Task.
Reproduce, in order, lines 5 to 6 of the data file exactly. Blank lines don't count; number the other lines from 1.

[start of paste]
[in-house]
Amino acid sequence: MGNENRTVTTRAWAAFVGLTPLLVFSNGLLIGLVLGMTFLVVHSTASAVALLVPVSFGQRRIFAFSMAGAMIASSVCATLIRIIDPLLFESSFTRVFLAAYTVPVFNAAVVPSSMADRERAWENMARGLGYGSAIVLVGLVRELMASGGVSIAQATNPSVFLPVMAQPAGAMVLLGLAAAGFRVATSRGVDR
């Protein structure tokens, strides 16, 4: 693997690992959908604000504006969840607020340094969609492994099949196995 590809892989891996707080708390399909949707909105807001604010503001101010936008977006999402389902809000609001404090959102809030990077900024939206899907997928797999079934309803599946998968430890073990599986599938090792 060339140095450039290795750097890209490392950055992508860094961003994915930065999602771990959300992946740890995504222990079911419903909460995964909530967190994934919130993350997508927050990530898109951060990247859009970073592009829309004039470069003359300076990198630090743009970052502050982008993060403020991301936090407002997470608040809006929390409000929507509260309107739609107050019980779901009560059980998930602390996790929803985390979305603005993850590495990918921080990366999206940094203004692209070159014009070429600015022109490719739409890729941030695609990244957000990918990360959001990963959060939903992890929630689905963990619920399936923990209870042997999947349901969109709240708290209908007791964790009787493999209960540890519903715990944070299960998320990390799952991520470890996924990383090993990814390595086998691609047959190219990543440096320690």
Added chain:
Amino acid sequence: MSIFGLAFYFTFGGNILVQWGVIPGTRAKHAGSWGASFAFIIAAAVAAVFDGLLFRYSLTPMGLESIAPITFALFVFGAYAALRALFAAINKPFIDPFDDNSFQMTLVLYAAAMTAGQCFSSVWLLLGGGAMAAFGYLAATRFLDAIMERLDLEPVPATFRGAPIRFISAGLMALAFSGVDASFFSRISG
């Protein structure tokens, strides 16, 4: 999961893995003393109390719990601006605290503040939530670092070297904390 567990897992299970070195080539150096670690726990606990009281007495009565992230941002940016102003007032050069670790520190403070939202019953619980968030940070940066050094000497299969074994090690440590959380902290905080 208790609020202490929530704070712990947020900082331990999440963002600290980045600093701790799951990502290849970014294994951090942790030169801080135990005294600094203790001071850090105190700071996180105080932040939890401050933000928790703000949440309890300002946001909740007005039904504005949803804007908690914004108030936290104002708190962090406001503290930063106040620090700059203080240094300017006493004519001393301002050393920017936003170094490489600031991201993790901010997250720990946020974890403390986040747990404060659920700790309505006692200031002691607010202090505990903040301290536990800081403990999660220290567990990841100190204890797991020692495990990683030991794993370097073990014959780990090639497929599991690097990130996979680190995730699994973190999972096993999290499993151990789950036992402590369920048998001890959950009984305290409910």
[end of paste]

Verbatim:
Amino acid sequence: MSIFGLAFYFTFGGNILVQWGVIPGTRAKHAGSWGASFAFIIAAAVAAVFDGLLFRYSLTPMGLESIAPITFALFVFGAYAALRALFAAINKPFIDPFDDNSFQMTLVLYAAAMTAGQCFSSVWLLLGGGAMAAFGYLAATRFLDAIMERLDLEPVPATFRGAPIRFISAGLMALAFSGVDASFFSRISG
């Protein structure tokens, strides 16, 4: 999961893995003393109390719990601006605290503040939530670092070297904390 567990897992299970070195080539150096670690726990606990009281007495009565992230941002940016102003007032050069670790520190403070939202019953619980968030940070940066050094000497299969074994090690440590959380902290905080 208790609020202490929530704070712990947020900082331990999440963002600290980045600093701790799951990502290849970014294994951090942790030169801080135990005294600094203790001071850090105190700071996180105080932040939890401050933000928790703000949440309890300002946001909740007005039904504005949803804007908690914004108030936290104002708190962090406001503290930063106040620090700059203080240094300017006493004519001393301002050393920017936003170094490489600031991201993790901010997250720990946020974890403390986040747990404060659920700790309505006692200031002691607010202090505990903040301290536990800081403990999660220290567990990841100190204890797991020692495990990683030991794993370097073990014959780990090639497929599991690097990130996979680190995730699994973190999972096993999290499993151990789950036992402590369920048998001890959950009984305290409910």